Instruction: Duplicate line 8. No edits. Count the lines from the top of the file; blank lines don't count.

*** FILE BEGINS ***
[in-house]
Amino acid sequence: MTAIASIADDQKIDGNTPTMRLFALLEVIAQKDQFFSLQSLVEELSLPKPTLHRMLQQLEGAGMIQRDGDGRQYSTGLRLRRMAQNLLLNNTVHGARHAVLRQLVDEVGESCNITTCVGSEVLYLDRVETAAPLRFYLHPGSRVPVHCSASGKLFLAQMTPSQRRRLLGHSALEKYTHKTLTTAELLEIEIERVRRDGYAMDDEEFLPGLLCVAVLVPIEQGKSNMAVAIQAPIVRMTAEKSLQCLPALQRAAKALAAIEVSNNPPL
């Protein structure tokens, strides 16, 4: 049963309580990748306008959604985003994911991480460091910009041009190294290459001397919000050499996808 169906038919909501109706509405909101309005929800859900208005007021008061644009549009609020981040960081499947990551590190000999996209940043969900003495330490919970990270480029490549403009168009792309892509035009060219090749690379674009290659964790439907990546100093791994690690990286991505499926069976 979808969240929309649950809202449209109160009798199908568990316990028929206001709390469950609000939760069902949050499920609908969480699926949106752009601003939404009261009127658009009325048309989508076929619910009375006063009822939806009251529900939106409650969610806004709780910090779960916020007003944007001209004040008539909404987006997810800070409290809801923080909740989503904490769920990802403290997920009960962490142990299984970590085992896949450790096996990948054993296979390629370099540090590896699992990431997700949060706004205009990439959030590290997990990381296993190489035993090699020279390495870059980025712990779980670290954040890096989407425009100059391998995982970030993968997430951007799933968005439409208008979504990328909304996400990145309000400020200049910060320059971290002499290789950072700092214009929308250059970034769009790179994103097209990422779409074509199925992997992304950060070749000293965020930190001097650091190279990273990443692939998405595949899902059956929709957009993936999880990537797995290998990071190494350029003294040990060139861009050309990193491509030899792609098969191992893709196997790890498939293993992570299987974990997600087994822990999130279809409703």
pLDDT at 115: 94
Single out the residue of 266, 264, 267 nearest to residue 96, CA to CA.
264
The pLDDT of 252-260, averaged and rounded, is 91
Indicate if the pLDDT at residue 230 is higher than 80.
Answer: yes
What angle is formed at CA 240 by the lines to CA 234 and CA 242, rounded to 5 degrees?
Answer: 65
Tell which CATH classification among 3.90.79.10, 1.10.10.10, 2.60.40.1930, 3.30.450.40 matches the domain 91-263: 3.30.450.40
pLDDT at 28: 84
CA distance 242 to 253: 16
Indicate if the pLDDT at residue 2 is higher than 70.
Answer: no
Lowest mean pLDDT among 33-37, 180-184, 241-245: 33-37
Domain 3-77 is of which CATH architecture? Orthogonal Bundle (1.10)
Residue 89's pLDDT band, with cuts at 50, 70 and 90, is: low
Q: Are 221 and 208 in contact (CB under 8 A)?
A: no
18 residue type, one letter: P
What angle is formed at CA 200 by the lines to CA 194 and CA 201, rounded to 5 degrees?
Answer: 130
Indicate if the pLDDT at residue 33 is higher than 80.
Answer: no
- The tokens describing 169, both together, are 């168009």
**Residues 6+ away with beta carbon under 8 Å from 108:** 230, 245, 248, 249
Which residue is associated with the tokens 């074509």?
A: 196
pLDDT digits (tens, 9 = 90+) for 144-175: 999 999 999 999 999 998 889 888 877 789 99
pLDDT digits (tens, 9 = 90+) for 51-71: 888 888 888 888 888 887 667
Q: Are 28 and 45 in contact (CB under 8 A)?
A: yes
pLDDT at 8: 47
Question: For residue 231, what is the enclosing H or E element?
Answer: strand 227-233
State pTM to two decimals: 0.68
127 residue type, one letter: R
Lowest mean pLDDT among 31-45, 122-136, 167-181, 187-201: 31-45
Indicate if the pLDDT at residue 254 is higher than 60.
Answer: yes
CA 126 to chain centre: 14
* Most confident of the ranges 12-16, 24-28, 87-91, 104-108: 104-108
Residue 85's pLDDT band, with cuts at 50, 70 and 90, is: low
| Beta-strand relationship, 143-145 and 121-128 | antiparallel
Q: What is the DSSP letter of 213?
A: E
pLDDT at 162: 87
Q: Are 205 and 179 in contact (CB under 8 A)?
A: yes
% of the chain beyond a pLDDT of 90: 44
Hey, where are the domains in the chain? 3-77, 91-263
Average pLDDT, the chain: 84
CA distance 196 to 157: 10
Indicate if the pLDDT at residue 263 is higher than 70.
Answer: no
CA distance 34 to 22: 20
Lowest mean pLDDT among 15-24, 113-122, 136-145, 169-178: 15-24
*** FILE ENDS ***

Indicate if the pLDDT at residue 230 is higher than 80.